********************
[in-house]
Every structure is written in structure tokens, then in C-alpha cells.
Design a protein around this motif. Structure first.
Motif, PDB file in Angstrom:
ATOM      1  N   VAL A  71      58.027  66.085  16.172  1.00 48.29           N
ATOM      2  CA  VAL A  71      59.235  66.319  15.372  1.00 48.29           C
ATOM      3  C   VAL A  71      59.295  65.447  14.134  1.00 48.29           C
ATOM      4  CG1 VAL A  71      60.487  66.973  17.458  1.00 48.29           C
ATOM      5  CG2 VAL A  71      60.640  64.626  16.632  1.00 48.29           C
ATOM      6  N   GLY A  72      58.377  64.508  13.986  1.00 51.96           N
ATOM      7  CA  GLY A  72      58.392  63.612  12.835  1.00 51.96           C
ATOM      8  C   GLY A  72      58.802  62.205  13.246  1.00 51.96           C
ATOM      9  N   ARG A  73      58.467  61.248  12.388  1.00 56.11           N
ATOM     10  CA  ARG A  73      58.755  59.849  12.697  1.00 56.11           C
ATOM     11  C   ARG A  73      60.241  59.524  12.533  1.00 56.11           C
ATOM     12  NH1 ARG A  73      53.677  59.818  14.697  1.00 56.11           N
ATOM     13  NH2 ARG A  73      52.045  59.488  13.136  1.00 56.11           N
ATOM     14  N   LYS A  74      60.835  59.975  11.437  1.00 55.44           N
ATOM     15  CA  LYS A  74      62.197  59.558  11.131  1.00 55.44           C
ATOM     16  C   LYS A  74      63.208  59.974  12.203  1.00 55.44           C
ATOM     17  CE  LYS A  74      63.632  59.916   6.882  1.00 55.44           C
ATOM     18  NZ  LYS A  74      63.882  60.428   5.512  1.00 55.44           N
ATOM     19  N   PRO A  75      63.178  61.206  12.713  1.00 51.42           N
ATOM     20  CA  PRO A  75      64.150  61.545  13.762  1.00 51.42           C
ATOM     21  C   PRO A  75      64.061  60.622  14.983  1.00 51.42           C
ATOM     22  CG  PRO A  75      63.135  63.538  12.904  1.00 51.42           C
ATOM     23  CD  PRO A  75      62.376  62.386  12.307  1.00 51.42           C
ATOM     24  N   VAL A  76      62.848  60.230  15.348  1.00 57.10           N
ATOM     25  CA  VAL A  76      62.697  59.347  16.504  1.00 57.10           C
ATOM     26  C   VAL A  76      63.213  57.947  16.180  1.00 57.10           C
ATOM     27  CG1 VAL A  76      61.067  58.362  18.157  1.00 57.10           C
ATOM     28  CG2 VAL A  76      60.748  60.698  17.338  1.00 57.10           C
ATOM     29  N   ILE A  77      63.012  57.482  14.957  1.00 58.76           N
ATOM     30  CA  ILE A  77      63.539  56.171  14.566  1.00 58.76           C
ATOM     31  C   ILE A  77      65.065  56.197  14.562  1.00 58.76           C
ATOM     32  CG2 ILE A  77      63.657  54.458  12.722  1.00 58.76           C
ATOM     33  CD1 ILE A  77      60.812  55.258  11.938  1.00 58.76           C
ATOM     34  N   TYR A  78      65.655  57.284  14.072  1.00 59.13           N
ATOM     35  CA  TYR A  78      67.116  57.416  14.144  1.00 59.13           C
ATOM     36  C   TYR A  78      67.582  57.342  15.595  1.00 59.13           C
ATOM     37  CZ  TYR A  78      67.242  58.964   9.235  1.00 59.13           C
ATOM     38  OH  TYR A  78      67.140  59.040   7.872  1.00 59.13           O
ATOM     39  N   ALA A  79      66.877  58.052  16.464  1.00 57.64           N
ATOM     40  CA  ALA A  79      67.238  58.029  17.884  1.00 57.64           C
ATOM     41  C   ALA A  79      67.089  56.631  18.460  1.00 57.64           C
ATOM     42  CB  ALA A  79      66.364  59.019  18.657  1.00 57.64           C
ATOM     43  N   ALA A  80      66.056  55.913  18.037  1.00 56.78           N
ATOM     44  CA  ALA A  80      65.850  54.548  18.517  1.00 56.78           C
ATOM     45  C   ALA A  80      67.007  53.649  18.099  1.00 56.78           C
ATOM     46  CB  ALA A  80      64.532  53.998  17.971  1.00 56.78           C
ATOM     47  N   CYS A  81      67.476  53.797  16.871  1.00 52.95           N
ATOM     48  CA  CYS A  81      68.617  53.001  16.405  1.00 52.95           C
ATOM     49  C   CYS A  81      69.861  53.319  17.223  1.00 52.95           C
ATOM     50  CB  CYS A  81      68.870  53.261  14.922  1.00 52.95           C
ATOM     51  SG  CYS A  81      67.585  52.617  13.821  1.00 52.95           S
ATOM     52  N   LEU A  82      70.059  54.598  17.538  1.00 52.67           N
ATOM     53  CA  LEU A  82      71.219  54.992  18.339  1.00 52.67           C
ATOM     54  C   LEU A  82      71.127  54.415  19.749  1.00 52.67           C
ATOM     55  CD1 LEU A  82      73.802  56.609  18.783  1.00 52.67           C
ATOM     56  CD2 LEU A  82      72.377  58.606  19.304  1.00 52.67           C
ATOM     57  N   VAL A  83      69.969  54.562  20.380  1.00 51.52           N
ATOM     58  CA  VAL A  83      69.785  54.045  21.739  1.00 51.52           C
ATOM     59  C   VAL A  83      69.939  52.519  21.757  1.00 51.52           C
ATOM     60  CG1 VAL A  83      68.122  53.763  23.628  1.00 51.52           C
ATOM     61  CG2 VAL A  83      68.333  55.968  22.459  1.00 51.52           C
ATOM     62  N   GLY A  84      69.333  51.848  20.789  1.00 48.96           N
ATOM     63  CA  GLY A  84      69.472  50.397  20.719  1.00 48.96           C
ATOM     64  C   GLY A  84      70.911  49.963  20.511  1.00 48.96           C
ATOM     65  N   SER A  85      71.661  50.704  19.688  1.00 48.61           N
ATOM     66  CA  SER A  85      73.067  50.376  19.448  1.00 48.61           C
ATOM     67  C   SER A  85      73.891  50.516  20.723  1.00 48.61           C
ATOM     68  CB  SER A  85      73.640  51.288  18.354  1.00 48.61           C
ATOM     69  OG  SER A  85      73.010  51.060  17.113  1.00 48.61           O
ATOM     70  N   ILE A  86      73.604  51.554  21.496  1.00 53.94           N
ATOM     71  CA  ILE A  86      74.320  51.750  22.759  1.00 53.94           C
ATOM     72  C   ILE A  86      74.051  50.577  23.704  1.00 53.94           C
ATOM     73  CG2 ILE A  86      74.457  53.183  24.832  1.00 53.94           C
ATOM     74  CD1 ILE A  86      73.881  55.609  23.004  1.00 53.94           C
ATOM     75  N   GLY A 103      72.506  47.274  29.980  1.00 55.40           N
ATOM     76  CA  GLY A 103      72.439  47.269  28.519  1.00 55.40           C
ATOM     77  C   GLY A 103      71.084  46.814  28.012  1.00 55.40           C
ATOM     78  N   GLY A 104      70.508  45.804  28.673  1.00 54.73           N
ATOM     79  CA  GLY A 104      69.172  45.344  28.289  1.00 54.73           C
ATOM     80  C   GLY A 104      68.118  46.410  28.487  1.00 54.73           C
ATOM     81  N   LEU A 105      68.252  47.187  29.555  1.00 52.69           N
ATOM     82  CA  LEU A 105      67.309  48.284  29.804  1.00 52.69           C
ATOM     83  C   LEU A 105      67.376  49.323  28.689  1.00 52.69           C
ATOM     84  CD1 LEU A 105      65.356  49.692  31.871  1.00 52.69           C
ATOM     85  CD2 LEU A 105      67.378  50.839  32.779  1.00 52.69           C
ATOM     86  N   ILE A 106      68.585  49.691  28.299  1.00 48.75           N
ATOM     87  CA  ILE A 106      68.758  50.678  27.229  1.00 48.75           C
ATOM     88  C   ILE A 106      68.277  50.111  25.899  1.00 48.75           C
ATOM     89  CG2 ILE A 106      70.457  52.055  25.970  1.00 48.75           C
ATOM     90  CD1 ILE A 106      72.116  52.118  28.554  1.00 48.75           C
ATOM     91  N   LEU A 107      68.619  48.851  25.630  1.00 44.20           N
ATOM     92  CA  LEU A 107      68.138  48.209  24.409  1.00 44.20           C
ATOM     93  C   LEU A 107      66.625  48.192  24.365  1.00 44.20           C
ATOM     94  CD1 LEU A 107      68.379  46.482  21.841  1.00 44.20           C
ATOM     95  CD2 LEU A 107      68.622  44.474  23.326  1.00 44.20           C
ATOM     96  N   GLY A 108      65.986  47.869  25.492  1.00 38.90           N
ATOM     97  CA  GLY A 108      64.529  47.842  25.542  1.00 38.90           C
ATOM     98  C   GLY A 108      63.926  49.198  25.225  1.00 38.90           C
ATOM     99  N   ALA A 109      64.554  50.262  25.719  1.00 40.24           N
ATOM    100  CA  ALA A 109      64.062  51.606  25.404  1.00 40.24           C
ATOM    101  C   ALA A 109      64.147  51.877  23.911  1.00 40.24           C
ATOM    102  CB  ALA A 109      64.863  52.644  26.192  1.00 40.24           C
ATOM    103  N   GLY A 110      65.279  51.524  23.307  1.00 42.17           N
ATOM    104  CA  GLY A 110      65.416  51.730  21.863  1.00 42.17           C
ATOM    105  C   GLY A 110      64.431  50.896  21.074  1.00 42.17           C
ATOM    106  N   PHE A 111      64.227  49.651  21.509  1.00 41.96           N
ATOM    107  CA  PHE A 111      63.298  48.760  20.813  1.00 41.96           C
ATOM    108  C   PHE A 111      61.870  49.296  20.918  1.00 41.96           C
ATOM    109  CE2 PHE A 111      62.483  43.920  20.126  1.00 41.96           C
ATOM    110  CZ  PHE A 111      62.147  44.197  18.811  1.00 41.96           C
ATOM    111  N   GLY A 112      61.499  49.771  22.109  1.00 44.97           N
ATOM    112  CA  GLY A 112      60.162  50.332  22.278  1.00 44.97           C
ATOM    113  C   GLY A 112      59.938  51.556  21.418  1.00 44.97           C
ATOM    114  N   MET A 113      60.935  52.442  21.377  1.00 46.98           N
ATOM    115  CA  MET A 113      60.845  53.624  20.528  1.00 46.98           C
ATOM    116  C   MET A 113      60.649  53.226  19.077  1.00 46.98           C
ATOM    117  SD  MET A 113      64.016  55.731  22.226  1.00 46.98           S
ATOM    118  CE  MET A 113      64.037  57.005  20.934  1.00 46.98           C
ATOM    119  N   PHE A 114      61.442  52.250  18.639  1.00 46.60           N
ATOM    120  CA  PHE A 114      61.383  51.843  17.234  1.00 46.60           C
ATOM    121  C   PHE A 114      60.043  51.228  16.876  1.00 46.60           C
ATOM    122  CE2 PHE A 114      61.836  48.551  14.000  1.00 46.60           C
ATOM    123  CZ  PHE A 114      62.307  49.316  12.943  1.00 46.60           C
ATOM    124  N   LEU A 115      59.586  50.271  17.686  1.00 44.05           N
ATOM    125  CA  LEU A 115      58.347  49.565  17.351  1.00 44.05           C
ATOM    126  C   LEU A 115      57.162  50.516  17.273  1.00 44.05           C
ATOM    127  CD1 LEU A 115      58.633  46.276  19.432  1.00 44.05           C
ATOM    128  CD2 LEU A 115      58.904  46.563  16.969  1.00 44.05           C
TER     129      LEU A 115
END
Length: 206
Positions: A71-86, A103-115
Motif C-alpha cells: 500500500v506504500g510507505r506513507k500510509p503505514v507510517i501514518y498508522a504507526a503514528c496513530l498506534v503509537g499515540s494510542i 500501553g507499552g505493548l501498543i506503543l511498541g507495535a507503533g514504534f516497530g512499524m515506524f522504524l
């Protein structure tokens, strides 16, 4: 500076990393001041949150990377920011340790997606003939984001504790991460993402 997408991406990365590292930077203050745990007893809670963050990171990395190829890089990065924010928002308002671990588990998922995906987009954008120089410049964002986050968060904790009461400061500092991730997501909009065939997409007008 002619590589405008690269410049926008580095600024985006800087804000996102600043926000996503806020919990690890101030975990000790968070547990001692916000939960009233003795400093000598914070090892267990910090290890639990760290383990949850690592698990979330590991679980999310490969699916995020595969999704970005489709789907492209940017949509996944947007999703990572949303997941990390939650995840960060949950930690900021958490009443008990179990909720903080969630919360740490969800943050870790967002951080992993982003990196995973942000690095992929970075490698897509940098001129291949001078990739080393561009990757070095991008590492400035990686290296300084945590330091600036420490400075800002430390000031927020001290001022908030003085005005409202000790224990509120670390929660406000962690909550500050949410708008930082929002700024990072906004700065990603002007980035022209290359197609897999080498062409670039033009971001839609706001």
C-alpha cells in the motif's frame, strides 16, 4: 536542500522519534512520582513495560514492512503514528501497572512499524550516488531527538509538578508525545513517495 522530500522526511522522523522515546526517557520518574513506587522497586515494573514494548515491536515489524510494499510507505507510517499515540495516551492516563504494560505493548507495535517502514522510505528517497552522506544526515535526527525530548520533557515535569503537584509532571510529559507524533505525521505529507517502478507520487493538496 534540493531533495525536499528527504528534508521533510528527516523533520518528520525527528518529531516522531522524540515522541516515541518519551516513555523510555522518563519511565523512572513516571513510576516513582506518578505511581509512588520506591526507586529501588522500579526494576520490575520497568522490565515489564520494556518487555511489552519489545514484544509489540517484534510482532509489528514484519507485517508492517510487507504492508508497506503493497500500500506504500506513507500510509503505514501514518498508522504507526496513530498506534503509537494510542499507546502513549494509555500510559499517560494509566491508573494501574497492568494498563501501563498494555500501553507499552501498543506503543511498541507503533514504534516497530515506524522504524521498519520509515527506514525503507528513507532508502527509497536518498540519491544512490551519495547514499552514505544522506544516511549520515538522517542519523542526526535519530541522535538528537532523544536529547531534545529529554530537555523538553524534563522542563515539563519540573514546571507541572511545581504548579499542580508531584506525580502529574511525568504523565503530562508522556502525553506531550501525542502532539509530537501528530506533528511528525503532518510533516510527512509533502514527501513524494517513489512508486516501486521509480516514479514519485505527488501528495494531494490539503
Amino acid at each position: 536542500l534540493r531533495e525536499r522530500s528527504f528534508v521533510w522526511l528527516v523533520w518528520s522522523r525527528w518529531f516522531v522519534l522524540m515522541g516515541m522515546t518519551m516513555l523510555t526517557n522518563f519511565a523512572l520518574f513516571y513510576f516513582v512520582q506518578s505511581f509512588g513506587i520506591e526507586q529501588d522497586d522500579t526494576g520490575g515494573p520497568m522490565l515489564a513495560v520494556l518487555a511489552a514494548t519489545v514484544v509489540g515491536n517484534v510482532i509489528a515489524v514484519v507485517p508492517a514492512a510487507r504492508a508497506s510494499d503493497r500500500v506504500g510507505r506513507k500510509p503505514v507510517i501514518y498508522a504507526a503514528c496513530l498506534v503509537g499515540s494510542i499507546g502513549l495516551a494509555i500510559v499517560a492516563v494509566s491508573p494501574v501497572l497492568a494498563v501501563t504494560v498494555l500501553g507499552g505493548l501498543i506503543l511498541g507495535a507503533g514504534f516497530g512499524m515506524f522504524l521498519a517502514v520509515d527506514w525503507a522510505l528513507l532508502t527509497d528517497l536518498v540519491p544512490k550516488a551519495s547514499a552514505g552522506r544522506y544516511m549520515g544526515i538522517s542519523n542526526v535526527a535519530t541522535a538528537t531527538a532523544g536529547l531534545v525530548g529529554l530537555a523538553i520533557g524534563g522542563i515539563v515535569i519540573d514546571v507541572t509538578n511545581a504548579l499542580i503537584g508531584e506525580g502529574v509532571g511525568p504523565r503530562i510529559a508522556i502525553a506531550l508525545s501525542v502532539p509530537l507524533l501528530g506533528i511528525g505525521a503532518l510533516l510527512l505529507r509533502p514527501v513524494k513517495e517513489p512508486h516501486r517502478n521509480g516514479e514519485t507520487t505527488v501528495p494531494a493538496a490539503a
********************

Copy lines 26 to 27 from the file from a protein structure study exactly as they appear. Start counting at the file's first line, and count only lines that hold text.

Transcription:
ATOM     22  CG  PRO A  75      63.135  63.538  12.904  1.00 51.42           C
ATOM     23  CD  PRO A  75      62.376  62.386  12.307  1.00 51.42           C